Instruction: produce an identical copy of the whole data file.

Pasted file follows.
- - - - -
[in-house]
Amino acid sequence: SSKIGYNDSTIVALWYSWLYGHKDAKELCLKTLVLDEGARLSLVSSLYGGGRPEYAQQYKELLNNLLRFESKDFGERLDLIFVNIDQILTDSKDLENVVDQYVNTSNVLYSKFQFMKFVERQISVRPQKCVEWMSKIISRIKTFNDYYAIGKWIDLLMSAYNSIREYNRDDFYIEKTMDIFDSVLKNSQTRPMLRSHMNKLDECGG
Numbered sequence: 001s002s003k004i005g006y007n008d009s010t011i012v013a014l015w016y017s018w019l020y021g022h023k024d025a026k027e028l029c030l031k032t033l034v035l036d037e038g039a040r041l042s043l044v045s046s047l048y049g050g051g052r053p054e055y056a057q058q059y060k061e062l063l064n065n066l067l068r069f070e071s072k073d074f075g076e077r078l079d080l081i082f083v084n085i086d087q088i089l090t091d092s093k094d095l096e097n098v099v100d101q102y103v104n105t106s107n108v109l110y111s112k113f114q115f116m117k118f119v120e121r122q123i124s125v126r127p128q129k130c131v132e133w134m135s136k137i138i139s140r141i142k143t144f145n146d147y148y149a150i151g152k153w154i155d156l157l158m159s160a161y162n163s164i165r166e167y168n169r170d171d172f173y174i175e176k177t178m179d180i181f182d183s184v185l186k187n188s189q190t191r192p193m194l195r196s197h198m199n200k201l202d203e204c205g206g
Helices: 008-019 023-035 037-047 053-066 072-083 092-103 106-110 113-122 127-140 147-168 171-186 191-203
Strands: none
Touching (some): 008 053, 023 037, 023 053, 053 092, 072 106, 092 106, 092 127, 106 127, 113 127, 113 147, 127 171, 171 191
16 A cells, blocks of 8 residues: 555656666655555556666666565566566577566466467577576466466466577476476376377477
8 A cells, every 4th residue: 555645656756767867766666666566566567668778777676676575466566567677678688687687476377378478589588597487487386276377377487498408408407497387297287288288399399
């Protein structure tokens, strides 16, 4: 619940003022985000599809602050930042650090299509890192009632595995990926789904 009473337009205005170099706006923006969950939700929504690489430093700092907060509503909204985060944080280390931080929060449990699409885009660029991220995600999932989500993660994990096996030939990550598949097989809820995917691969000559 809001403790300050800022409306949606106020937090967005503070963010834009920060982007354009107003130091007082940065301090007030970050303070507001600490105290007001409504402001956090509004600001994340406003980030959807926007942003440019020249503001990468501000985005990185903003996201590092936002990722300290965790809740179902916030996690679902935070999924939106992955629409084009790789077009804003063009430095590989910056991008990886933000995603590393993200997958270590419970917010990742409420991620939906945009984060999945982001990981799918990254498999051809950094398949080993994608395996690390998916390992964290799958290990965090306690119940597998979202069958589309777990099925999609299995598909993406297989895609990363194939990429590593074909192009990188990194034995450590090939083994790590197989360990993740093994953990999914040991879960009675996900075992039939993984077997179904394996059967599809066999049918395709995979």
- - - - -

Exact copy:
[in-house]
Amino acid sequence: SSKIGYNDSTIVALWYSWLYGHKDAKELCLKTLVLDEGARLSLVSSLYGGGRPEYAQQYKELLNNLLRFESKDFGERLDLIFVNIDQILTDSKDLENVVDQYVNTSNVLYSKFQFMKFVERQISVRPQKCVEWMSKIISRIKTFNDYYAIGKWIDLLMSAYNSIREYNRDDFYIEKTMDIFDSVLKNSQTRPMLRSHMNKLDECGG
Numbered sequence: 001s002s003k004i005g006y007n008d009s010t011i012v013a014l015w016y017s018w019l020y021g022h023k024d025a026k027e028l029c030l031k032t033l034v035l036d037e038g039a040r041l042s043l044v045s046s047l048y049g050g051g052r053p054e055y056a057q058q059y060k061e062l063l064n065n066l067l068r069f070e071s072k073d074f075g076e077r078l079d080l081i082f083v084n085i086d087q088i089l090t091d092s093k094d095l096e097n098v099v100d101q102y103v104n105t106s107n108v109l110y111s112k113f114q115f116m117k118f119v120e121r122q123i124s125v126r127p128q129k130c131v132e133w134m135s136k137i138i139s140r141i142k143t144f145n146d147y148y149a150i151g152k153w154i155d156l157l158m159s160a161y162n163s164i165r166e167y168n169r170d171d172f173y174i175e176k177t178m179d180i181f182d183s184v185l186k187n188s189q190t191r192p193m194l195r196s197h198m199n200k201l202d203e204c205g206g
Helices: 008-019 023-035 037-047 053-066 072-083 092-103 106-110 113-122 127-140 147-168 171-186 191-203
Strands: none
Touching (some): 008 053, 023 037, 023 053, 053 092, 072 106, 092 106, 092 127, 106 127, 113 127, 113 147, 127 171, 171 191
16 A cells, blocks of 8 residues: 555656666655555556666666565566566577566466467577576466466466577476476376377477
8 A cells, every 4th residue: 555645656756767867766666666566566567668778777676676575466566567677678688687687476377378478589588597487487386276377377487498408408407497387297287288288399399
């Protein structure tokens, strides 16, 4: 619940003022985000599809602050930042650090299509890192009632595995990926789904 009473337009205005170099706006923006969950939700929504690489430093700092907060509503909204985060944080280390931080929060449990699409885009660029991220995600999932989500993660994990096996030939990550598949097989809820995917691969000559 809001403790300050800022409306949606106020937090967005503070963010834009920060982007354009107003130091007082940065301090007030970050303070507001600490105290007001409504402001956090509004600001994340406003980030959807926007942003440019020249503001990468501000985005990185903003996201590092936002990722300290965790809740179902916030996690679902935070999924939106992955629409084009790789077009804003063009430095590989910056991008990886933000995603590393993200997958270590419970917010990742409420991620939906945009984060999945982001990981799918990254498999051809950094398949080993994608395996690390998916390992964290799958290990965090306690119940597998979202069958589309777990099925999609299995598909993406297989895609990363194939990429590593074909192009990188990194034995450590090939083994790590197989360990993740093994953990999914040991879960009675996900075992039939993984077997179904394996059967599809066999049918395709995979």